Locusts exhibit a behavior known as swarming, which is a response to certain environmental triggers such as drought followed by rapid vegetation growth. These swarms can consist of billions of individuals and serve as a means for locusts to find new food sources and breeding grounds. The contrast between the two insects’ behaviors is stark: cicadas emerge periodically in predictable cycles, while locust swarms are irregular and often associated with unpredictable environmental changes.

Locust vs Cicada Sound: What’s the Difference?

Sounds Produced by Locusts and Cicadas

The sounds produced by both locusts and cicadas are iconic, yet they differ significantly in intensity, frequency, and patterns. Cicadas are renowned for their loud, buzzing calls, which can reach up to 120 decibels, making them one of the loudest insects. These sounds are primarily made by male cicadas to attract females and are produced by rapidly vibrating structures called tymbals on their abdomens.

Locusts, in contrast, create sound by rubbing their hind legs against their wings, a process known as stridulation. The sound of a locust is more of a soft, continuous chirping, which is less intense than the cicada’s call. Locusts use sound for communication within the swarm and to facilitate mating.

Biological Mechanisms and Survival Strategies

The differences in sound reveal differing biological mechanisms and survival strategies between the two species. Cicadas use their loud calls to saturate the auditory environment, ensuring that their mating message is heard over long distances. This strategy is particularly effective when considering their short adult lifespan, which necessitates quick and efficient mate location.

Locusts, however, use their sound as part of a collective communication system within swarms. The softer chirping contributes to the cohesion of the swarm, making it easier for locusts to stay together while on the move. This is crucial for their survival as a migratory pest, allowing them to respond to environmental cues and locate new food sources as a group.

What is the Difference Between Locust and Cicada Shells?

Analyzing the Exuviae of Locusts and Cicadas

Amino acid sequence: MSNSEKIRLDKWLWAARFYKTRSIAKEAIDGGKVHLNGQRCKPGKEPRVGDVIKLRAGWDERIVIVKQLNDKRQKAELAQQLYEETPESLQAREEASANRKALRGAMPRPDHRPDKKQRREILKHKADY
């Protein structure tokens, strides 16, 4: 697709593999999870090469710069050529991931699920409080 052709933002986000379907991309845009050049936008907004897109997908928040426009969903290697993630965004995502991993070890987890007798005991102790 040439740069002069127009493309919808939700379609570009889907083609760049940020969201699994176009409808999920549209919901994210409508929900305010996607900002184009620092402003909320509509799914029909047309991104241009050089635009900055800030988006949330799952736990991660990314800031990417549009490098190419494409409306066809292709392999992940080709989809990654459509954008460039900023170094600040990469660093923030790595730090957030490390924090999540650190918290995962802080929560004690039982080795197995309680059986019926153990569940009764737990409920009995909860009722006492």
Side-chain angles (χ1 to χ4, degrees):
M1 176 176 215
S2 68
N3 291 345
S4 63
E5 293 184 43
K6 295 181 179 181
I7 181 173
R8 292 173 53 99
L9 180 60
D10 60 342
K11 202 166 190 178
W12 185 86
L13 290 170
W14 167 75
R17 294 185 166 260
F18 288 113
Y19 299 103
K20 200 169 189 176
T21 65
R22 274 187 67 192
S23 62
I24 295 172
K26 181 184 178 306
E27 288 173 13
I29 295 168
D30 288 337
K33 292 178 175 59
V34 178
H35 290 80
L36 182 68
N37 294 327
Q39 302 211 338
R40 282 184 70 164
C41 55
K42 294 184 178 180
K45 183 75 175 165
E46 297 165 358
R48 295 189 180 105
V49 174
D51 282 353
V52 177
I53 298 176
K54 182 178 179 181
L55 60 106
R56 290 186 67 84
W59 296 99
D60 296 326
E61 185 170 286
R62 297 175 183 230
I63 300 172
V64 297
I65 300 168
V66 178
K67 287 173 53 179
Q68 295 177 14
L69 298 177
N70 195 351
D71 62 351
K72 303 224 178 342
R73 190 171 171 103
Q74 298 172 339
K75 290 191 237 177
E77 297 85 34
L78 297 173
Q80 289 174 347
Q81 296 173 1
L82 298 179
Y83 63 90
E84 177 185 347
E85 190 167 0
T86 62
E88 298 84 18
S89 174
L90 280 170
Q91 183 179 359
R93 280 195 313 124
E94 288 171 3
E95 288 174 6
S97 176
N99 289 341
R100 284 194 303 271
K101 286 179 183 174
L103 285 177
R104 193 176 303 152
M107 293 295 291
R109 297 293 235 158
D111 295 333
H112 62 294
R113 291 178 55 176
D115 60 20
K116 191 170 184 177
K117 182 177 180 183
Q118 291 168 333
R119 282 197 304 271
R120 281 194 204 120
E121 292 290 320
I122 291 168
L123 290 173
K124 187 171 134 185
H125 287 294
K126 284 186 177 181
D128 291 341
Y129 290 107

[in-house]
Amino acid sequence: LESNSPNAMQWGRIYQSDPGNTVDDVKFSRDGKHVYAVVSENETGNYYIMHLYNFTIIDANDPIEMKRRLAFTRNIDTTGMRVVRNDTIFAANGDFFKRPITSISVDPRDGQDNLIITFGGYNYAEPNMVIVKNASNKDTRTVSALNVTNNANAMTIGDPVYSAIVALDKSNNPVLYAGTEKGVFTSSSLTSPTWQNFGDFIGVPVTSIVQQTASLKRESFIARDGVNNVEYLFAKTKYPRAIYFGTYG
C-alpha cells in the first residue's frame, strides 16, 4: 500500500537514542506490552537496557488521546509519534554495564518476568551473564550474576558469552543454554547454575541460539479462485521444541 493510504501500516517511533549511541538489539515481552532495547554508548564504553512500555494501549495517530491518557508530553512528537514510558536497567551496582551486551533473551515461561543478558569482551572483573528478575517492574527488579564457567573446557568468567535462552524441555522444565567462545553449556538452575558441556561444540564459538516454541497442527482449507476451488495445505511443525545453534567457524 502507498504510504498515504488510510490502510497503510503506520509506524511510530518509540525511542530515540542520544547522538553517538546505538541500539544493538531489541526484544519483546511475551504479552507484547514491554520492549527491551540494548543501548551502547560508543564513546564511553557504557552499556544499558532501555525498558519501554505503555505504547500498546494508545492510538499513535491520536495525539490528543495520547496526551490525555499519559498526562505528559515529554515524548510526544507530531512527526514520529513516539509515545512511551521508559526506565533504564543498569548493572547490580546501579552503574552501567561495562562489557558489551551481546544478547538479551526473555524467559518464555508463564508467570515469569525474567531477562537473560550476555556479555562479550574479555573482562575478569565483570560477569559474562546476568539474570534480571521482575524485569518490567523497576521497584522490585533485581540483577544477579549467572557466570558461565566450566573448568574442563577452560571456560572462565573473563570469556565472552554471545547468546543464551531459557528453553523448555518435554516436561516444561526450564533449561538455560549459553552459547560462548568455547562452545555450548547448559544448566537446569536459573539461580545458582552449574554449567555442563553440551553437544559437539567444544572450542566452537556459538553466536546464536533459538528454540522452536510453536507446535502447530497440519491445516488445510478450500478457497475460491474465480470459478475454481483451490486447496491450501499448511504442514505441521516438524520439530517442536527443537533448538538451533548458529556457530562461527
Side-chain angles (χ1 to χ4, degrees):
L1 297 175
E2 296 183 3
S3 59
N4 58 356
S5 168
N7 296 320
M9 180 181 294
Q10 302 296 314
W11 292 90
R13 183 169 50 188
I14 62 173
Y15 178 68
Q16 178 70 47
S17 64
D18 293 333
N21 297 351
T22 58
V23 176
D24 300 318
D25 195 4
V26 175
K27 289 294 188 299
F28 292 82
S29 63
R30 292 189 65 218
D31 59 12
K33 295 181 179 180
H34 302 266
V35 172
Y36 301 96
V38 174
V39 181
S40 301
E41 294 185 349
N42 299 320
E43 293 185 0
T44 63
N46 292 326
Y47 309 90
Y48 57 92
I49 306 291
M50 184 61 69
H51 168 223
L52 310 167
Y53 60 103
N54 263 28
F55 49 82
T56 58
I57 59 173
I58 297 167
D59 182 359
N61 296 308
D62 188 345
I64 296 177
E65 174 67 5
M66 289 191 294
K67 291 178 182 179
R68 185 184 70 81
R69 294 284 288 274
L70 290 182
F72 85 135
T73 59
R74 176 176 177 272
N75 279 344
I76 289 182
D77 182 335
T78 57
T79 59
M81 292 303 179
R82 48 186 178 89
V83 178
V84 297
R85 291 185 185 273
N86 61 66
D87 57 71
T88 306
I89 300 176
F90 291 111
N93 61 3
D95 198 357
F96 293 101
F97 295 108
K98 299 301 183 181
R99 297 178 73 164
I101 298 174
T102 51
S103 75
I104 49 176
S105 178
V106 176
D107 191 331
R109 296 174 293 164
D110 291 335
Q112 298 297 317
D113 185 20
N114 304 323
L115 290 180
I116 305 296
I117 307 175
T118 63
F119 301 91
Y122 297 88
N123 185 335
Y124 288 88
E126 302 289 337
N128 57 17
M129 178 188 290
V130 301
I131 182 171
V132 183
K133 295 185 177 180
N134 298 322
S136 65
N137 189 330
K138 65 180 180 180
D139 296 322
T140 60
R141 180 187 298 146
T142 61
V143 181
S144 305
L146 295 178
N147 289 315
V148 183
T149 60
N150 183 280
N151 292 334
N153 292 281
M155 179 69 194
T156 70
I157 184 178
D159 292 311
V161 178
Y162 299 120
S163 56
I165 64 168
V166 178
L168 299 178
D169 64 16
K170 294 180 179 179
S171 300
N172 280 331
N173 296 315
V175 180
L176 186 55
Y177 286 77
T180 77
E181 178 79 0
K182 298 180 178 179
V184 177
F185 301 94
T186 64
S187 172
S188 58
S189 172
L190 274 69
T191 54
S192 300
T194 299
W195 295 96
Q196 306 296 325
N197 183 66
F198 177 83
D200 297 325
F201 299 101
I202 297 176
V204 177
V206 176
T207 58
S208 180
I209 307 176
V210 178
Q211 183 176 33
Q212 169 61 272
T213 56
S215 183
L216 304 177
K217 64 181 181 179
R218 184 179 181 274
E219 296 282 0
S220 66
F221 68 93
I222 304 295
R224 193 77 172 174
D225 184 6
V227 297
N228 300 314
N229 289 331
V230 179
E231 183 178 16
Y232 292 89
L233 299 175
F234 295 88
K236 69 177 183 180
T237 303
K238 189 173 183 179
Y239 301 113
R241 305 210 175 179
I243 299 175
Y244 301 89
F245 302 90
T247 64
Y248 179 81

The exuviae, or molted shells, left behind by locusts and cicadas provide valuable clues for identifying and differentiating between the two species. Cicada exuviae are commonly found attached to tree trunks or other surfaces. They are notable for their split back, where the adult cicada emerges, and their large, empty eye sockets.

Abandoned Cicada Shell

Locust exuviae, while similar in that they are the shed skin of the insect’s nymph stage, are generally smaller and less conspicuous than cicada shells. They may be found on the ground or low vegetation and lack the pronounced eye sockets and split back characteristic of cicada exuviae.

Clues Offered by Shells for Identification

The shells of these insects are not only different in appearance but also offer clues about the life history of the species. Cicada shells indicate a life cycle that involves a long period of underground development, followed by a synchronized emergence. The presence of numerous cicada exuviae in an area can signal the recent mass emergence of a brood.

Locust shells, being less commonly found due to the insects’ more transient and mobile lifestyle, suggest a different life strategy that involves frequent movement and less synchronization in development stages. Recognizing these differences in exuviae can help in identifying and understanding the unique behaviors and life cycles of locusts and cicadas.

What Do Cicadas Look Like?

The appearance of cicadas is characterized by their stout bodies, broad heads, clear-membrane wings with conspicuous veins, and large compound eyes situated on either side of their head. They range in size from about 2 to 5 centimeters (0.8 to 2 inches), and their color patterns vary from greens and browns to black, often with white, green or blue eyes. Most species have a set of transparent wings held roof-like over their bodies. The front wings are notably longer than the rear pair and have a distinctive series of veins, including a Y-shaped one near the outer edge, which helps in identifying them.